Culinary turntablism

Does anyone remember the scene in The Golden Child — maybe I should first ask, does anyone remember the movie The Golden Child? From 1986, with Eddie Murphy? Not one of his best. There’s this scene where he enters a Nepalese temple and encounters a ceremonial pillar that rotates around its vertical axis. Not knowing what to do, he scrubs it like a turntable DJ, making a scratching noise. Laughter ensues.


I think of that scene when I eat out in China because of the mechanism known as the zhuan pan at the center of the table. Known in the west as a lazy susan, this rotating platter is a fixture at traditional tables in China. It is both an efficient delivery mechanism and a wonderful social lubricant. Everything is communal and by definition participatory as the platter rotates forth and back. You just reach in with your chopsticks as a dish you like comes by. If you can get beyond the sanitary issues of this particular disease vector it becomes clear that the zhuan pan is a marvelous thing.

There’s something musical about the whole process. The zhuan pan is a DJ turntable set up.


The central rotating platter known as a lazy susan in the west. (My first foray in Google Sketchup.)

Consider it this way. The dishes are notes/chords/samples — discrete musical units of some kind. They appear at a point in time on the platter and rotate more or less consistently until they are removed or moved (more on this in a moment). So you have discrete units repeating in time from the perspective of a fixed point which in this case is me, the eater, but metaphorically is the armature of the phonograph. Units are added in time, layered in so to speak, and repeat at the same interval. Dishes leave the table periodically — their particular musical loops end. But the dishes return, smaller this time (the waitstaff transfers uneaten portions to smaller plates to make more room on the table) and they are placed closer in to the center of the rotating platter, allowing people easier access to the newer, fuller dishes at the periphery. In other words, the loops return in a changed state and with new, quicker intervals (rotating more quickly since their radial distances are now shorter). The zhuan pan rotates backwards too, but only quickly, a “scrub” if you will, to let someone grab a morsel that made its way by too quickly. The overall motion is forward.

Data visualization geek that I am I started considering the possibilities — which of course weren’t visual at all but more like data sonification (a field to be sure but not one much popularized). What would this meal sound like if the zhuan pan were a recording?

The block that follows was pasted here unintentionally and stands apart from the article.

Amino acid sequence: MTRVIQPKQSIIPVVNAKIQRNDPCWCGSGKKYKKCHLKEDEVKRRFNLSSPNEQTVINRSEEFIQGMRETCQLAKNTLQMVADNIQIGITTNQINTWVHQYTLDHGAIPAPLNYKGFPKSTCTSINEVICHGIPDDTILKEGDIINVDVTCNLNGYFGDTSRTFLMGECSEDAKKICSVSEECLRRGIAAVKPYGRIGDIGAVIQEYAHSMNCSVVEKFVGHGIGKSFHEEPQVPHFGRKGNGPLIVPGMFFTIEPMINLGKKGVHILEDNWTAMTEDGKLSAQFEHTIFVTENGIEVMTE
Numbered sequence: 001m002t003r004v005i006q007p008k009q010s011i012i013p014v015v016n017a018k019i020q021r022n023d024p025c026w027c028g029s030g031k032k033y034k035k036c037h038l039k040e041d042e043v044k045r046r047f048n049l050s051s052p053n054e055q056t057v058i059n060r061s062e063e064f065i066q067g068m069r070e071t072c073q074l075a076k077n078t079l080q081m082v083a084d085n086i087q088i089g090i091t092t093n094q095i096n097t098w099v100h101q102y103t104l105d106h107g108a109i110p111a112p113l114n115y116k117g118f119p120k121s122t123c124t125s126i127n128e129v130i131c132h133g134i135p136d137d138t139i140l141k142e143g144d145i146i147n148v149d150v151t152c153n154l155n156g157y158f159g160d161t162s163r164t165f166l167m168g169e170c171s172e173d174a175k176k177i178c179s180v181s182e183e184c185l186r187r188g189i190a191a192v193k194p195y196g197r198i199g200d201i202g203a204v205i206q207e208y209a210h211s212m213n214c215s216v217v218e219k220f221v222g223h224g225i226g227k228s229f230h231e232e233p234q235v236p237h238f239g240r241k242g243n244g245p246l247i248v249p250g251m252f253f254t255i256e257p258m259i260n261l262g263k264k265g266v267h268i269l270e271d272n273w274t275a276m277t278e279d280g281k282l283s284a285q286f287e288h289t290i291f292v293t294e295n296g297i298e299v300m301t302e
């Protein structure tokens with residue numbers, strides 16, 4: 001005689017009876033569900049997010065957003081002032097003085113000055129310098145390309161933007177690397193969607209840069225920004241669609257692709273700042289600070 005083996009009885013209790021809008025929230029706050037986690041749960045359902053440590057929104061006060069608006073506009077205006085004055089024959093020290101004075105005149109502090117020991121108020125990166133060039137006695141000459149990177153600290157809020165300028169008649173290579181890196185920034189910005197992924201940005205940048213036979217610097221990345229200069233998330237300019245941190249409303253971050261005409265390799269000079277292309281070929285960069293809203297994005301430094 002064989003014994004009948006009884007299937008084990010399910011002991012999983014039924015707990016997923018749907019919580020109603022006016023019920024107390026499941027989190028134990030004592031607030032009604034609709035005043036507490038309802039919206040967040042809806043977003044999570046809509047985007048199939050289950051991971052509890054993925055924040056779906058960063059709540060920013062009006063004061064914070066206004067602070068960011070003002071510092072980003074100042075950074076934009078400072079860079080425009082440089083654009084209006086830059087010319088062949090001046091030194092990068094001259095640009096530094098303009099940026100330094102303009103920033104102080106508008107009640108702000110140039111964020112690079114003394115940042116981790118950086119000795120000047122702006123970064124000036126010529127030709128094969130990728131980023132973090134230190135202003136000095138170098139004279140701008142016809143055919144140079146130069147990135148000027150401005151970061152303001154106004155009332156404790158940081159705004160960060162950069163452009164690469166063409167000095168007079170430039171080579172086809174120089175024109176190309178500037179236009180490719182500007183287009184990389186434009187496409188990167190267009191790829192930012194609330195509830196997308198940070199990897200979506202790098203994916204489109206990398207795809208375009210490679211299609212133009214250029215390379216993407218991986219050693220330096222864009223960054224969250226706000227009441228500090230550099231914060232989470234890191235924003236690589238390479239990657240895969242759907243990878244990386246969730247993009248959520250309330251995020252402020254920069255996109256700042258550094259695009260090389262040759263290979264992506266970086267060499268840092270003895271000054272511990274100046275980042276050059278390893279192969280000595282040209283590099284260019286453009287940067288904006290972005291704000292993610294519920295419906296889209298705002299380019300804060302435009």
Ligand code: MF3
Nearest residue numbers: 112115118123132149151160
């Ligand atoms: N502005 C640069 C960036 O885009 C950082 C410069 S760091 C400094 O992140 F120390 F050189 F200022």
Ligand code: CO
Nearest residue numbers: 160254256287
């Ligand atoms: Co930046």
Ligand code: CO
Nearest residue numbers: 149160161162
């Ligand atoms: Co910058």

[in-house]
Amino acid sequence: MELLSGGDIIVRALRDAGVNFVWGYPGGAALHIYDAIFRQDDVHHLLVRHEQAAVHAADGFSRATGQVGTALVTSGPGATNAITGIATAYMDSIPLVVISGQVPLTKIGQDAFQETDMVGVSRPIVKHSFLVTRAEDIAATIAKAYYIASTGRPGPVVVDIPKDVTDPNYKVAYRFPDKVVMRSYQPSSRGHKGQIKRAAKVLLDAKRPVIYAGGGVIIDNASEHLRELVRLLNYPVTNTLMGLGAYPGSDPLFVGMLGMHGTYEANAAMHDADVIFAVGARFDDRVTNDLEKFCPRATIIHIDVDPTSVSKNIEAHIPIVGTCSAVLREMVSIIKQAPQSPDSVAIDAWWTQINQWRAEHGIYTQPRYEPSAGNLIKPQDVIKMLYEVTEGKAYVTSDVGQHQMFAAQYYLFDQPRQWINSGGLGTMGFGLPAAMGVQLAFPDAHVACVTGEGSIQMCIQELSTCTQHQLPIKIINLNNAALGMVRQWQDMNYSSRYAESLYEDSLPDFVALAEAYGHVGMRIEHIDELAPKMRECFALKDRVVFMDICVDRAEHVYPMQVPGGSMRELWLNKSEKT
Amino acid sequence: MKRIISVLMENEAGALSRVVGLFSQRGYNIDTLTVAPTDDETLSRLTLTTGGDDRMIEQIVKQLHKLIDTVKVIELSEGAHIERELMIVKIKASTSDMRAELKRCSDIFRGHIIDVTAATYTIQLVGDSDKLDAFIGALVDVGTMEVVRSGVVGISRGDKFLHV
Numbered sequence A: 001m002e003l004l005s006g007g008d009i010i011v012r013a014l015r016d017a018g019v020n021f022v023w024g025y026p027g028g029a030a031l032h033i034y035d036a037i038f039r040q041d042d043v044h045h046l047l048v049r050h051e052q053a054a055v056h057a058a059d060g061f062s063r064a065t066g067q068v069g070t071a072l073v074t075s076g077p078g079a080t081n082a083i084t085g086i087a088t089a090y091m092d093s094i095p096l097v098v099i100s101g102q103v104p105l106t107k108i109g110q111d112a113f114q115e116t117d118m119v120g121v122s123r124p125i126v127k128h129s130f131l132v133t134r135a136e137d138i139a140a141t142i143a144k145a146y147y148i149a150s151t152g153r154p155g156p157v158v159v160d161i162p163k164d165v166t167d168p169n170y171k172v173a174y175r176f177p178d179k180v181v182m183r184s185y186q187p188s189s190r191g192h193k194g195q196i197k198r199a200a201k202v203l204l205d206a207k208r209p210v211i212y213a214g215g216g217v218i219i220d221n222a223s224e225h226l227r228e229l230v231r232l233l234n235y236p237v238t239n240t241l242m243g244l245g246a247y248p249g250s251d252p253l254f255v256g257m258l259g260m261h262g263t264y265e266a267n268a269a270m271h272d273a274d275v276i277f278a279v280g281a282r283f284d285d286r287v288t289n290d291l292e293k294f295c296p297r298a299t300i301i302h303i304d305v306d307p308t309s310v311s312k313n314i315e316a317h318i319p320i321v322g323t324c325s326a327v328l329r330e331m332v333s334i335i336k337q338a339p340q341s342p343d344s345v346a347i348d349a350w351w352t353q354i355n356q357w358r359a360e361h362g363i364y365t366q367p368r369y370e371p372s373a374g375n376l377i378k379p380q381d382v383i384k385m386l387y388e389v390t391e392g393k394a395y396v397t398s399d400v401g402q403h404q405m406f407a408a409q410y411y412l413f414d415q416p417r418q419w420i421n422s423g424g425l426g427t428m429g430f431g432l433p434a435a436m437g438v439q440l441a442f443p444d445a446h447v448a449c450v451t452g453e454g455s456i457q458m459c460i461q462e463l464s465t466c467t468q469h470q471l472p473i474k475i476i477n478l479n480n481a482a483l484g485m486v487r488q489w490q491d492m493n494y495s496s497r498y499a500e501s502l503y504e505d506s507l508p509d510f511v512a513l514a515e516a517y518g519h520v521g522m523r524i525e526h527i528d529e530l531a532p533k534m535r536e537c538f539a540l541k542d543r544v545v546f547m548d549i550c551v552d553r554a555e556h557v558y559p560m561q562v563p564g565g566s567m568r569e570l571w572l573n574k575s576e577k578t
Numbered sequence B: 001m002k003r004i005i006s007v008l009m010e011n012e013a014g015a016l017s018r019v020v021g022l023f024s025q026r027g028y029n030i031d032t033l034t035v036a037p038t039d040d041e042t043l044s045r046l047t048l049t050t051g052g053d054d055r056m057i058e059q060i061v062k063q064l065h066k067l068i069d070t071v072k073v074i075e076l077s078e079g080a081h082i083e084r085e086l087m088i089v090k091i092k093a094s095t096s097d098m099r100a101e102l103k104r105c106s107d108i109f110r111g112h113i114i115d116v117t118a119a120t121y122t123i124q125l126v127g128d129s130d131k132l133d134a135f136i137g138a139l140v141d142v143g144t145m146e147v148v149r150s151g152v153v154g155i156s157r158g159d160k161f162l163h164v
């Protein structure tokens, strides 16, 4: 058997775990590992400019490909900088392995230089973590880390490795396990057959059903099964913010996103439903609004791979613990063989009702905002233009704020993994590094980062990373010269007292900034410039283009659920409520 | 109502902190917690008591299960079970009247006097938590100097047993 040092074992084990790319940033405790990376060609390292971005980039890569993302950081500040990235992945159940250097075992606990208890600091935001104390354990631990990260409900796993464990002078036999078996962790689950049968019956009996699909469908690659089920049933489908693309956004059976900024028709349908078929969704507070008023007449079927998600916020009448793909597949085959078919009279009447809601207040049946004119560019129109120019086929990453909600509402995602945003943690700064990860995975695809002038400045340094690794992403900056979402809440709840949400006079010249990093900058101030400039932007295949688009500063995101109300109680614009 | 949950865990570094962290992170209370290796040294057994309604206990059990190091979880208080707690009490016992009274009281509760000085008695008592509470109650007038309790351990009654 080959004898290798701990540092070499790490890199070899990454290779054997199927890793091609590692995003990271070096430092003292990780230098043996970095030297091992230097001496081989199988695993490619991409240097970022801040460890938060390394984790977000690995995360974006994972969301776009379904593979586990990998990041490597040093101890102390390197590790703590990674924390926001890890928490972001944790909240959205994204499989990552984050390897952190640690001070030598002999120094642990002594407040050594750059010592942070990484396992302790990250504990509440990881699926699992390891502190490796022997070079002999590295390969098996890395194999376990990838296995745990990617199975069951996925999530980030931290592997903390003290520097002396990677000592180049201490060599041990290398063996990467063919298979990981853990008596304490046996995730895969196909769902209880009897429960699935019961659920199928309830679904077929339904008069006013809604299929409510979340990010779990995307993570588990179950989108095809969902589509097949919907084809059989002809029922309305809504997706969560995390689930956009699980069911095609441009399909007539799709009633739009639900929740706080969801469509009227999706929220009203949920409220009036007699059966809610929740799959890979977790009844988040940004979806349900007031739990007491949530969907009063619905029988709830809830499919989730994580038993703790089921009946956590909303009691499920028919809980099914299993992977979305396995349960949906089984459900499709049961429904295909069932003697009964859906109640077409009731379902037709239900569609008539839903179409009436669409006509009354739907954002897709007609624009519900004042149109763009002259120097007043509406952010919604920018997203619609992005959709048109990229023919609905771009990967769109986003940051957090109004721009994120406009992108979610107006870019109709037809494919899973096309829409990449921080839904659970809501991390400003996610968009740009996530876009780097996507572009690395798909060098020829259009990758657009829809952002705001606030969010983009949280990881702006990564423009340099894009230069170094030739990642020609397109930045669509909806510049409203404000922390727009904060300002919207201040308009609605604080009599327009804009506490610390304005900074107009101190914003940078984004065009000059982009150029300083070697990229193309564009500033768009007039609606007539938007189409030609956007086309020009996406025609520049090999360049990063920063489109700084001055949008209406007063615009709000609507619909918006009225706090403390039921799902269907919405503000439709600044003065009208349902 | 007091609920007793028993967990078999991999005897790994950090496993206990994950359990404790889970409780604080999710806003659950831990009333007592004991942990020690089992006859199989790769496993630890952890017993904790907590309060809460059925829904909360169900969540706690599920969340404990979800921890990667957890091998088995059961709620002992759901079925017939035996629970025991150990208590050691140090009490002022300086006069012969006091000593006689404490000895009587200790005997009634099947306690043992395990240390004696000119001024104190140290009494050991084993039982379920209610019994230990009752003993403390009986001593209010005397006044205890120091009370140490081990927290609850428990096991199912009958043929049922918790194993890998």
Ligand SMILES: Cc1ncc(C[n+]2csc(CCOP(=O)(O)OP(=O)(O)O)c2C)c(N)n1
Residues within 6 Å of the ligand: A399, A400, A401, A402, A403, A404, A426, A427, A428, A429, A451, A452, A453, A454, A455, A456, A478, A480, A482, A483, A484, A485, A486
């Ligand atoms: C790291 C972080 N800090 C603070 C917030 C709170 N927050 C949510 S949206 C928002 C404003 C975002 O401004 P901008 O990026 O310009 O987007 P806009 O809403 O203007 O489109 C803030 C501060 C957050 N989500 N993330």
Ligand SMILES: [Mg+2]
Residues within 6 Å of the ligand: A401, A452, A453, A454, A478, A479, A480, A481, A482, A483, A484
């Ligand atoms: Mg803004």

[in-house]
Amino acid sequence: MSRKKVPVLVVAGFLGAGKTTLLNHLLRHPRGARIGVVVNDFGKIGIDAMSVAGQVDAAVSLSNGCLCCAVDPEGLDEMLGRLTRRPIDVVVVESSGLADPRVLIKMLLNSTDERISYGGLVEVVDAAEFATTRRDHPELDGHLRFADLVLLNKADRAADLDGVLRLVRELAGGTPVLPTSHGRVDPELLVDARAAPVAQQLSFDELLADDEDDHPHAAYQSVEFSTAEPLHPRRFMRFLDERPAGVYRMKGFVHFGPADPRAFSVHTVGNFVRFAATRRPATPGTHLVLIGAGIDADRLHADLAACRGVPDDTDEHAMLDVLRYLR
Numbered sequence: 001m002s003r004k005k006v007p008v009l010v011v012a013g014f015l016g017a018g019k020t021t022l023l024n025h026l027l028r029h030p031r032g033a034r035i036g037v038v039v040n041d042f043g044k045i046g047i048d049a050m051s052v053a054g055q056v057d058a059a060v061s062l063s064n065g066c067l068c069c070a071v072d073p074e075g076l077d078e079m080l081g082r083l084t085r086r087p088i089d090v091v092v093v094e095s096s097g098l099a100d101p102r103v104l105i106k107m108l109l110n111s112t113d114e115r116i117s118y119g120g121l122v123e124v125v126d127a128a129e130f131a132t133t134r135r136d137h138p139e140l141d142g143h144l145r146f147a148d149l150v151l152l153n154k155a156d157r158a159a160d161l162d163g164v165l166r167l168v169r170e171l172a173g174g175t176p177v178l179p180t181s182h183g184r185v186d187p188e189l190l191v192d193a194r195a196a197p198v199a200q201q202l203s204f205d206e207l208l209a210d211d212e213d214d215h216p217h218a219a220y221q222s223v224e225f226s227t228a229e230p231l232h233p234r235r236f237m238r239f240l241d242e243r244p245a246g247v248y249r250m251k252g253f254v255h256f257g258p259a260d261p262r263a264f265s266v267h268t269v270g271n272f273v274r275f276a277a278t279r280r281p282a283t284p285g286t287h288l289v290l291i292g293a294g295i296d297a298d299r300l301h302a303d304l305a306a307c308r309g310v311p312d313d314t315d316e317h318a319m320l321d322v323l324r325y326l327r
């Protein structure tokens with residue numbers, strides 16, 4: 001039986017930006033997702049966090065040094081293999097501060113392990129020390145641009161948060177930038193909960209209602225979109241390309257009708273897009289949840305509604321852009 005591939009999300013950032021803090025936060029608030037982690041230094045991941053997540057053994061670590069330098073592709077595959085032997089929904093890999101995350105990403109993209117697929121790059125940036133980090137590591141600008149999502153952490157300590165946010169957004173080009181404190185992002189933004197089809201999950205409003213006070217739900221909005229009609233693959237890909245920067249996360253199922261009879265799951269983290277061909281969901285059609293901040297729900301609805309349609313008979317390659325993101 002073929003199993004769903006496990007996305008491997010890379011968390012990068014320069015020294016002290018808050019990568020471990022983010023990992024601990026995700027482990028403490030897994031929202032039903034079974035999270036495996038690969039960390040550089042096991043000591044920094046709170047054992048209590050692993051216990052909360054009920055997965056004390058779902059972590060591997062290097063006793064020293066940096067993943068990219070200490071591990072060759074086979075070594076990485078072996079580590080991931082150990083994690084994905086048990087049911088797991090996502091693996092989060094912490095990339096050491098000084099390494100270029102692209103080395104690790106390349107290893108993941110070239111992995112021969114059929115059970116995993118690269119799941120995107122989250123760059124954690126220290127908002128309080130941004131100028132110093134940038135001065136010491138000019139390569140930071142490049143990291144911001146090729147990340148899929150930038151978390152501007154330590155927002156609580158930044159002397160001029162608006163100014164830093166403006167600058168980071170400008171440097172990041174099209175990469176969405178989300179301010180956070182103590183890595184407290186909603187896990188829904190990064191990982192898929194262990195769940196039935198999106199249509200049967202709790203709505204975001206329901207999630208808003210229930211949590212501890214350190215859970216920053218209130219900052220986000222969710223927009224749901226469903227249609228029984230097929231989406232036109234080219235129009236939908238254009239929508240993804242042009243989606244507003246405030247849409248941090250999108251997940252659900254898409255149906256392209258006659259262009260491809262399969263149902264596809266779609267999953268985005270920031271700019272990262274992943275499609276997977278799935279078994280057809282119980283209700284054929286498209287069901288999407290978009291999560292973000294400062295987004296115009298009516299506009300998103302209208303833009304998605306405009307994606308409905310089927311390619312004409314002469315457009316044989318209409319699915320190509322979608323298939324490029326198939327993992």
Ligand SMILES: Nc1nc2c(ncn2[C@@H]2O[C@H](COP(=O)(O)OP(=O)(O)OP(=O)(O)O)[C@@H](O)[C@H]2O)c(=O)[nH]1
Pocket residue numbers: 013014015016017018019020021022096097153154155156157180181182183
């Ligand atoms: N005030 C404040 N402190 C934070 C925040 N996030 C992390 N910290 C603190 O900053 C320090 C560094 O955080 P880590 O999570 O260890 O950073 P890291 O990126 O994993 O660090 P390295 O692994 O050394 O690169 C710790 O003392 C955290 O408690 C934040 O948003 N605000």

zhuanpan.mp3 | 1.4MB | 1 min, 1 sec

So I recorded each dish as a separate track in GarageBand. Each measure corresponded to one minute of the meal starting with the arrival of tea, which is the downbeat bass drum that remains constant throughout, the engine of the entire affair. Each new dish comes in more or less as I recorded it on a timeline in my notebook during the meal. (My hosts graciously obliged my notetaking as the curiosity of a unaccustomed Westerner.) Some dishes are single notes, some are short phrases, and at least one, the fish “flower,” is a constant note modulating in time with the rotation of the table. Each unit repeats with a period of five minutes. This is an average based on the number of revolutions of the table, but it is almost exact for at least the first two rotations of the 50 minute-long meal. With the exception of the tea-beat, volumes fade out for each track based on the consumption of the dishes. As noted above, the period of at least one dish, West Lake soup (represented by the piano), speeds up midway through the meal as it was transferred to a smaller plate and move closer to the center of the table, rotating faster. The two vinyl scratches correspond to an extended counter-rotation of the table. At 60 BPM one second correponds to roughly one minute of elapsed meal time. I think the time signature is 5/4, but I’m rusty on my Brubeck so who knows.

It is not what I’d call a chart-topper, but it isn’t cacophonous, though at quicker BPM’s it does get a bit muddy. I clearly could have done more. Instrumentation could be made to correspond more closely to the food type. (But what does “silver agaric” sound like?) Discord could be used to suggest tastes I did not care for. But the general idea is clear. Maybe on the next trip I can videotape the whole thing for the time-lapse music video this cries out to be.


In China you often encounter a circular jade plate known as a bi. It is ancient in origin and its purpose is not completely understood. The bi is flat and usually has a circular hole at the center. Movable type, gunpowder, paper. The recordable disc?

One response to “Culinary turntablism”

  1. Ahmad Humeid says :

    Of course.. The Golden Child. Eddie Murphy was hiilarious in that ‘turntable’ scene!